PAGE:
Are you like, “get to the islands already?”
Okay I am too! I’m so happy tell you all about our time in the Galapagos.
Here’s one thing I loved about Ecuador: Victor dropped us off in Quito, and Peter picked us up in Baltra. All the while we were in great hands!
Peter is a native of the Galapagos, and his brother is the mayor of Floreana, an island with a fascinating past that includes a mysterious story about a love affair and murder that was made into a movie staring Cate Blanchett.
But we had chosen our itinerary based on variety of fauna, so we would skip Floreana and instead head west and north during our eight days at sea. We learned quickly that Peter was knowledgable about all the islands, and he also had a hilarious sense of humor that would keep us in smiles and laughter for our entire trip. He often teaches a photography class as well, so he had a lot of advice about how to capture the best wildlife shots.
Baltra, our first of seven, is a small flat island created by geological uplift. It is very arid and vegetation consists of bushes and prickly pear trees that have trunks so that the tortoises can’t eat their pads! The landscape is barren and looks much like the Sonoran Desert. We could see building foundations dating back to WWII when the US Army had a base there so that they could patrol for enemy submarines in order to protect the Panama Canal. After the war, the area was given to Ecuador, who still uses it as a military base.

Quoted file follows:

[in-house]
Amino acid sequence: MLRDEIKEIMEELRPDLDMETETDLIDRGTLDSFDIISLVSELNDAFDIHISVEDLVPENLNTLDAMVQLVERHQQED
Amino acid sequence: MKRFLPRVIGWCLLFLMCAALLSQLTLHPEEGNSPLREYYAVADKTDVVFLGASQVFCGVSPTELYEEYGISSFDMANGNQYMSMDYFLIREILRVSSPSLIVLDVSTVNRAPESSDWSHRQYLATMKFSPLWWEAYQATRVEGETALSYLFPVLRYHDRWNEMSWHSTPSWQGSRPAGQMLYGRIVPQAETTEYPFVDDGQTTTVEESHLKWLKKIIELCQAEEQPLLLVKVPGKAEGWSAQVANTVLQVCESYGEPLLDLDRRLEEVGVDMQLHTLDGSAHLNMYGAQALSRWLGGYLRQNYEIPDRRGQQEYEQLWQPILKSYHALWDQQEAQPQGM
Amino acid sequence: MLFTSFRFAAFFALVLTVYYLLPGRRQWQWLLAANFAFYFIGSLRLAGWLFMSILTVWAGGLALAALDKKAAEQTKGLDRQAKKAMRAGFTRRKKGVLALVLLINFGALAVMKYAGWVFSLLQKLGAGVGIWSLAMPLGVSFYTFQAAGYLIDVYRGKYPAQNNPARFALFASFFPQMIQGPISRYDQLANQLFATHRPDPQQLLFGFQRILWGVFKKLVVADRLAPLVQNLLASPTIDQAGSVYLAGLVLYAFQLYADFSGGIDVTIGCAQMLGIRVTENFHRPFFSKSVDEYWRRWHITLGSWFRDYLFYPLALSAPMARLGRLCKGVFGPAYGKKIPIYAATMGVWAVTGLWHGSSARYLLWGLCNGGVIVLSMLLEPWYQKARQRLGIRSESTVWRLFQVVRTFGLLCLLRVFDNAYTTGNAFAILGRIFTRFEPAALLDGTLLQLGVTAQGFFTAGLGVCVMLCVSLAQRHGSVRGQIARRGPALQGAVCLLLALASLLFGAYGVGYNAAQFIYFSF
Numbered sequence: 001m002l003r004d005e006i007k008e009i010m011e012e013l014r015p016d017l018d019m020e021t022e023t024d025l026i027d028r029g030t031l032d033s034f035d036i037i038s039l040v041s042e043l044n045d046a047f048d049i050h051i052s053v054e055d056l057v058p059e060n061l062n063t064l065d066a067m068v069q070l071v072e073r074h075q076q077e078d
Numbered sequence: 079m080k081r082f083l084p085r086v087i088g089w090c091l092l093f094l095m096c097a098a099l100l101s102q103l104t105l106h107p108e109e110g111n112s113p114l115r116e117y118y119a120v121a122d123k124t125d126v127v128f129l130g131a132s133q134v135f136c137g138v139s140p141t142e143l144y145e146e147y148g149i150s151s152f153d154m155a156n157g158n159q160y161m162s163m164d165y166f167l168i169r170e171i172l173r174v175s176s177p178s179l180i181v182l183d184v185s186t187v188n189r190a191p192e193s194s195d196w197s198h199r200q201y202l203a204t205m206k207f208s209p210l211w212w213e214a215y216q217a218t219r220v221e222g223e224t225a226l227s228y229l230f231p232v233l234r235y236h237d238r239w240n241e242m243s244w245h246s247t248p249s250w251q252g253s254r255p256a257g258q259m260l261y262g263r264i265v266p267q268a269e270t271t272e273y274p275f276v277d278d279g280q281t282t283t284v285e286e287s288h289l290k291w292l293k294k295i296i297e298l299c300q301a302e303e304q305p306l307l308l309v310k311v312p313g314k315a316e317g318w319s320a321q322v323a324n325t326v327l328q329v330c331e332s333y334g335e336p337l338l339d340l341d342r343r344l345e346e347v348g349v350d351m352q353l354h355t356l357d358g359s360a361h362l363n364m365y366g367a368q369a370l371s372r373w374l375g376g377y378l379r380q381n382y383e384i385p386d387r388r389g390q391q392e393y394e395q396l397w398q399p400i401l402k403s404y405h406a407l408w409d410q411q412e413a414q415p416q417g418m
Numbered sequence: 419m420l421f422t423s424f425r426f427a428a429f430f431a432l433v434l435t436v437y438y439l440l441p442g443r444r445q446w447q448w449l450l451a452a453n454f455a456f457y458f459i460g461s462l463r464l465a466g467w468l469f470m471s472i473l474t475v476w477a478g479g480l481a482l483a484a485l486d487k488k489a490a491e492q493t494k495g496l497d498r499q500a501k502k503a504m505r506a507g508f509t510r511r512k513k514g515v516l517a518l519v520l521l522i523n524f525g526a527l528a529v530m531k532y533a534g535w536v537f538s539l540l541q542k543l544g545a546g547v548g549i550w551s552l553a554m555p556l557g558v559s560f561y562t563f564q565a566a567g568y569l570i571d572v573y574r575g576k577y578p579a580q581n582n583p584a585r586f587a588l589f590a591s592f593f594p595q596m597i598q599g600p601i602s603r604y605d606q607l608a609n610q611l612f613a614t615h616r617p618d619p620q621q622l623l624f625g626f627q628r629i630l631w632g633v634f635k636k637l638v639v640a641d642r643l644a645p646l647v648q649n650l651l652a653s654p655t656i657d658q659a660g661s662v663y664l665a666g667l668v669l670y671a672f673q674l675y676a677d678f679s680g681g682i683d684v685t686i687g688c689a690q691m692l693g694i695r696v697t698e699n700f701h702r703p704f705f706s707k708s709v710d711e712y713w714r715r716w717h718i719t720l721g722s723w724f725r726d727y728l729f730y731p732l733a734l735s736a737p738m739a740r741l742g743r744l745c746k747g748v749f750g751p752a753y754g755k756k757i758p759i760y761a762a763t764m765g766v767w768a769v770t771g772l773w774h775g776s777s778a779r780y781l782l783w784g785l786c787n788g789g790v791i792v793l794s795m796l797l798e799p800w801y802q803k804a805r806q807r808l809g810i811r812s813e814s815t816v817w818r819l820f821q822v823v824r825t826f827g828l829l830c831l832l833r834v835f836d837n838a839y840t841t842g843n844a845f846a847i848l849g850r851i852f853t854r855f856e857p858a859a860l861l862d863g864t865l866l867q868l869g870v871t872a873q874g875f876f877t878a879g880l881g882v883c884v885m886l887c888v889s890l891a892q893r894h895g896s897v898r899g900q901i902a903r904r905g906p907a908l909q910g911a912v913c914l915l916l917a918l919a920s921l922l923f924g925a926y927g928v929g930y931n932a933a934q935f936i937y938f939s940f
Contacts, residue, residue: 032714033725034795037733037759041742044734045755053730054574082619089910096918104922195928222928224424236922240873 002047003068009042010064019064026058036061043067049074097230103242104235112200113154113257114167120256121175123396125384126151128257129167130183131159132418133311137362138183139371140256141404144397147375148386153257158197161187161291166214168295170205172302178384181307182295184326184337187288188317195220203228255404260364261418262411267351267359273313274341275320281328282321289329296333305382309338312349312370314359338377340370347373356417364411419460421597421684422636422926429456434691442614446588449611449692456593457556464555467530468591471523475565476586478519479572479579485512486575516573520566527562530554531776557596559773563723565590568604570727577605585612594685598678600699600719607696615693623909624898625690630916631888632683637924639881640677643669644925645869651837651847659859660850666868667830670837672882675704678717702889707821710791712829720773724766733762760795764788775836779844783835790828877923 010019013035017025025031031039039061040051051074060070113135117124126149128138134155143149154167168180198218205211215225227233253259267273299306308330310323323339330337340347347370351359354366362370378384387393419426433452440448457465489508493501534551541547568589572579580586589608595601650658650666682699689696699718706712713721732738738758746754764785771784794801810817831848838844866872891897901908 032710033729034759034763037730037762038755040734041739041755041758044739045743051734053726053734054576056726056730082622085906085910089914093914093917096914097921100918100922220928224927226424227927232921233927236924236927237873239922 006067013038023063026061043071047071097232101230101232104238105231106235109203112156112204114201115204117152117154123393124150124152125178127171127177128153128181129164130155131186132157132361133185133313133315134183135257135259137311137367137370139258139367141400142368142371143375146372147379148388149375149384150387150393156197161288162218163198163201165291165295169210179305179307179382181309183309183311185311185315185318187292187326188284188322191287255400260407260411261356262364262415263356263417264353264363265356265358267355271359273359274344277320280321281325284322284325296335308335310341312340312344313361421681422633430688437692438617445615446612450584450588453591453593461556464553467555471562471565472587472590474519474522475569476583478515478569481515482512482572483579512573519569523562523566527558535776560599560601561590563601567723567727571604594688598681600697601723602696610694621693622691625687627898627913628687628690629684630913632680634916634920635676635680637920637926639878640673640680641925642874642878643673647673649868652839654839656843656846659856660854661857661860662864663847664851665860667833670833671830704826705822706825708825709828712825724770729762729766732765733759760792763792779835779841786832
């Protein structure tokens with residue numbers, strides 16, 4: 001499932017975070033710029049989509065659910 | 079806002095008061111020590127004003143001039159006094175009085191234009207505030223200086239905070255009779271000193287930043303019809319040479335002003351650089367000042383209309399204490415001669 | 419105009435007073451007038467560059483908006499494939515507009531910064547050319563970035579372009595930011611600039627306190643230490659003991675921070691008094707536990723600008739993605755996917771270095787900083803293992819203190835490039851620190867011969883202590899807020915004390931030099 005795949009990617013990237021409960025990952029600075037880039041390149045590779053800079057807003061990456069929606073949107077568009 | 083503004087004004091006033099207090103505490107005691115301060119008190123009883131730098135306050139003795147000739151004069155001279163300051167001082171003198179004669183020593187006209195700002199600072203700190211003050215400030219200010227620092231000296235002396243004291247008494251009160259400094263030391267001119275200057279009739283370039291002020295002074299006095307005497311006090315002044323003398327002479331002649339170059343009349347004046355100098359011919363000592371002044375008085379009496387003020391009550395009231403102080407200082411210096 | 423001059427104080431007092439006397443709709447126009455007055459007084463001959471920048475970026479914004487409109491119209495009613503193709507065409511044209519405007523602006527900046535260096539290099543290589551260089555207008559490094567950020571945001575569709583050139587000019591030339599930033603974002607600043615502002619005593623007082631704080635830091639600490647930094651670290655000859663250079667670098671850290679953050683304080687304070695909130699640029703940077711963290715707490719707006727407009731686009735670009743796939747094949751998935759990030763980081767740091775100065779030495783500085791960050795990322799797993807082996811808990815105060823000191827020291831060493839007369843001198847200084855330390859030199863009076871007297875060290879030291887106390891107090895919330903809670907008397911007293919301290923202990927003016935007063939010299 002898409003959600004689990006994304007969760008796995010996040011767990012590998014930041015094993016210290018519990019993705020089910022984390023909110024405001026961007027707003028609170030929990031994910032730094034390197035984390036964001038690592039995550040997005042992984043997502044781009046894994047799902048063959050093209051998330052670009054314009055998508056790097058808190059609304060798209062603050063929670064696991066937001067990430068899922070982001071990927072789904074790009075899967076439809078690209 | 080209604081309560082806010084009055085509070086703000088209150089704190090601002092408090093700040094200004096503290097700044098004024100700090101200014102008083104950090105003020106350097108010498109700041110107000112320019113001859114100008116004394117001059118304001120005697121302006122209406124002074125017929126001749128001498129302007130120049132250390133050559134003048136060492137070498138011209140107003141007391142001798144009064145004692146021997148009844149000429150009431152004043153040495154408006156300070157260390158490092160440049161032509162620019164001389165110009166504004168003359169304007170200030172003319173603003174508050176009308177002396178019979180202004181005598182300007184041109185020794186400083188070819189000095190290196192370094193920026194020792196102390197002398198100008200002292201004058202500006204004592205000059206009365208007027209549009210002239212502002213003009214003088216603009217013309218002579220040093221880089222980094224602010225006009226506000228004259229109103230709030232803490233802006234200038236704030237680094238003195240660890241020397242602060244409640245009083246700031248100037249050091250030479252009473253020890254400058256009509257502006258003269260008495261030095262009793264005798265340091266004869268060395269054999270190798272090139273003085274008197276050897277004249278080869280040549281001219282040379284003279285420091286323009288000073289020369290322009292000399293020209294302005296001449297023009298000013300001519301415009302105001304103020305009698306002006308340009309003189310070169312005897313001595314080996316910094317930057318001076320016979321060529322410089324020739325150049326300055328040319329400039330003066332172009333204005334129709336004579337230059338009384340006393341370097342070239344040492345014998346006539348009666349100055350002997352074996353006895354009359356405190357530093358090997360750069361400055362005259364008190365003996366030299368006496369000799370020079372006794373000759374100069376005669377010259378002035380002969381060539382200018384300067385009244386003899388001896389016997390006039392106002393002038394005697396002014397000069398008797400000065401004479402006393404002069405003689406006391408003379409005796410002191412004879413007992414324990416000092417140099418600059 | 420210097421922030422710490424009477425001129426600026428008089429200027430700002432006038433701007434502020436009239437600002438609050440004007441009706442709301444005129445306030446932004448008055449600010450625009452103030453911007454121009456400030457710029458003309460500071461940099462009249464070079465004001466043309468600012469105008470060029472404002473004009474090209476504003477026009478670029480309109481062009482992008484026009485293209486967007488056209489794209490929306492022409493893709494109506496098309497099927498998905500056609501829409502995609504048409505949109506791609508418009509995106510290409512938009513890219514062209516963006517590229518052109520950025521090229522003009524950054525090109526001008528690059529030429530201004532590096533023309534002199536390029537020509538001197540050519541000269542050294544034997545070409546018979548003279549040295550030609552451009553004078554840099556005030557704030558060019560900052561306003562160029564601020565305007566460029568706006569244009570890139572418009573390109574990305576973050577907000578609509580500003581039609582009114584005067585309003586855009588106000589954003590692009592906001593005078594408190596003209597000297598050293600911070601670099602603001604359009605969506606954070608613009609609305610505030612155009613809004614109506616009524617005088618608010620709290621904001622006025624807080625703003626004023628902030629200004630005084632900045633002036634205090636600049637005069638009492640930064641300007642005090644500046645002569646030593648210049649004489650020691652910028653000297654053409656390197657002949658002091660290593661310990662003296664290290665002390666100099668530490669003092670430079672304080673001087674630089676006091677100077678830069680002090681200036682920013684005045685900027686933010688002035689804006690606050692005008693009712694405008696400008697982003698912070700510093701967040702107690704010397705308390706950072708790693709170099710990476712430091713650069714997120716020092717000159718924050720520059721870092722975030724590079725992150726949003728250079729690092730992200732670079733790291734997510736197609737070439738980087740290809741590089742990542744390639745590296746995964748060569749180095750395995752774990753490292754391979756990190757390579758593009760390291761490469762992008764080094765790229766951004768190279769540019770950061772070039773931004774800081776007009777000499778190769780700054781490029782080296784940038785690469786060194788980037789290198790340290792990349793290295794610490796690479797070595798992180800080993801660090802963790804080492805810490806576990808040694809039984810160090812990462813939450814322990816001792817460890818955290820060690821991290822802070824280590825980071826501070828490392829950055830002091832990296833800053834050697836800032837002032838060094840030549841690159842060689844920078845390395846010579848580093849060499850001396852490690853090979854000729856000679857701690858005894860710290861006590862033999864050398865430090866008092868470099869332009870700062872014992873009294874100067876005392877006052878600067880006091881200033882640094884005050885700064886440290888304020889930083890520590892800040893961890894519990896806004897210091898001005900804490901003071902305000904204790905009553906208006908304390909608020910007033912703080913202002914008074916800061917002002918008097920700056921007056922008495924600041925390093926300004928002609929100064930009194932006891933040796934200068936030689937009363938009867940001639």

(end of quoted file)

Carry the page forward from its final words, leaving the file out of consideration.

From the airport we took a bus to a boat to a bus. We traveled to the highlands of Santa Cruz Island, our second of seven. This area was cloudy and sported deep green vegetation that was lush with Scalesia trees. We stopped and ate a traditional lunch then donned Wellies to tour the lava tunnels and Tortoise Breeding area. The lava tunnels, over half a mile long, are underground and walking through them is a unique, surreal, slippery experience.
The bus took us then to Puerto Ayora, the most populous town in the Galápagos Islands, with more than 12,000 inhabitants. It is on the south end of Santa Cruz Island, which is 381 sq mi with a high point of 2,835 ft.
Santa Cruz is the second largest island after Isabela. We took a short panga ride to our boat, and were excited to see our rooms for the first time. We had a delicious dinner then went to sleep as the boat traveled to Isabela Island.